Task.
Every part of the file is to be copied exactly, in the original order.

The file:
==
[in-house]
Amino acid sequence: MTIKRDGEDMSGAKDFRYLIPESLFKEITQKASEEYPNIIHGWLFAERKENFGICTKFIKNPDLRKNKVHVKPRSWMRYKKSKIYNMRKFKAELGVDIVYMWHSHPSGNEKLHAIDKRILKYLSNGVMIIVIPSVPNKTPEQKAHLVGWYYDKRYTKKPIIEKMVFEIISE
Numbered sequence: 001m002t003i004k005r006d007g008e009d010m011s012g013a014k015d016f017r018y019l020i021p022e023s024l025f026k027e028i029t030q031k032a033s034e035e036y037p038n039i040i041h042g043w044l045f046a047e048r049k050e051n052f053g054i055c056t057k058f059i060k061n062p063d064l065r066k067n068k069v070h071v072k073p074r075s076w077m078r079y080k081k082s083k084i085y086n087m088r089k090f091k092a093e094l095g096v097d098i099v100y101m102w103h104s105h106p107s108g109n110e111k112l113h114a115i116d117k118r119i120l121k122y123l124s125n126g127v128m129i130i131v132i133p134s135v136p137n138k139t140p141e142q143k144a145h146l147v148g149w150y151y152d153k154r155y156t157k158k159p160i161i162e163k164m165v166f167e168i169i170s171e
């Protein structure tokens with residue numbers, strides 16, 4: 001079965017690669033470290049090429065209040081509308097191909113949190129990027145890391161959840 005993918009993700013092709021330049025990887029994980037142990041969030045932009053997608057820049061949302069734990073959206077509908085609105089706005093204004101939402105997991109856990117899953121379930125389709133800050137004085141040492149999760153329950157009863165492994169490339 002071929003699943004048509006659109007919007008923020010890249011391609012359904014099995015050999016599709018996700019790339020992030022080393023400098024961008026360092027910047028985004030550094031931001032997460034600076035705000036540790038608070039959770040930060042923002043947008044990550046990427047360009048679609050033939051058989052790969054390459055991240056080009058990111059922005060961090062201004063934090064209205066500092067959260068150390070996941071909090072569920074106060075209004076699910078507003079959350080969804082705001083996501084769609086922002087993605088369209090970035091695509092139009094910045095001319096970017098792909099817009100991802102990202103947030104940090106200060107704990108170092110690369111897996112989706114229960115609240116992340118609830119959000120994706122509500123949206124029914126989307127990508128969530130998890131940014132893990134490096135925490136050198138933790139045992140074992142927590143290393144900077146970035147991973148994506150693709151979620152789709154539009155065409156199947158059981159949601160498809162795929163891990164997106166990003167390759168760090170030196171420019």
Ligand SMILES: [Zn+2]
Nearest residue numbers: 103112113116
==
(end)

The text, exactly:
[in-house]
Amino acid sequence: MTIKRDGEDMSGAKDFRYLIPESLFKEITQKASEEYPNIIHGWLFAERKENFGICTKFIKNPDLRKNKVHVKPRSWMRYKKSKIYNMRKFKAELGVDIVYMWHSHPSGNEKLHAIDKRILKYLSNGVMIIVIPSVPNKTPEQKAHLVGWYYDKRYTKKPIIEKMVFEIISE
Numbered sequence: 001m002t003i004k005r006d007g008e009d010m011s012g013a014k015d016f017r018y019l020i021p022e023s024l025f026k027e028i029t030q031k032a033s034e035e036y037p038n039i040i041h042g043w044l045f046a047e048r049k050e051n052f053g054i055c056t057k058f059i060k061n062p063d064l065r066k067n068k069v070h071v072k073p074r075s076w077m078r079y080k081k082s083k084i085y086n087m088r089k090f091k092a093e094l095g096v097d098i099v100y101m102w103h104s105h106p107s108g109n110e111k112l113h114a115i116d117k118r119i120l121k122y123l124s125n126g127v128m129i130i131v132i133p134s135v136p137n138k139t140p141e142q143k144a145h146l147v148g149w150y151y152d153k154r155y156t157k158k159p160i161i162e163k164m165v166f167e168i169i170s171e
């Protein structure tokens with residue numbers, strides 16, 4: 001079965017690669033470290049090429065209040081509308097191909113949190129990027145890391161959840 005993918009993700013092709021330049025990887029994980037142990041969030045932009053997608057820049061949302069734990073959206077509908085609105089706005093204004101939402105997991109856990117899953121379930125389709133800050137004085141040492149999760153329950157009863165492994169490339 002071929003699943004048509006659109007919007008923020010890249011391609012359904014099995015050999016599709018996700019790339020992030022080393023400098024961008026360092027910047028985004030550094031931001032997460034600076035705000036540790038608070039959770040930060042923002043947008044990550046990427047360009048679609050033939051058989052790969054390459055991240056080009058990111059922005060961090062201004063934090064209205066500092067959260068150390070996941071909090072569920074106060075209004076699910078507003079959350080969804082705001083996501084769609086922002087993605088369209090970035091695509092139009094910045095001319096970017098792909099817009100991802102990202103947030104940090106200060107704990108170092110690369111897996112989706114229960115609240116992340118609830119959000120994706122509500123949206124029914126989307127990508128969530130998890131940014132893990134490096135925490136050198138933790139045992140074992142927590143290393144900077146970035147991973148994506150693709151979620152789709154539009155065409156199947158059981159949601160498809162795929163891990164997106166990003167390759168760090170030196171420019």
Ligand SMILES: [Zn+2]
Nearest residue numbers: 103112113116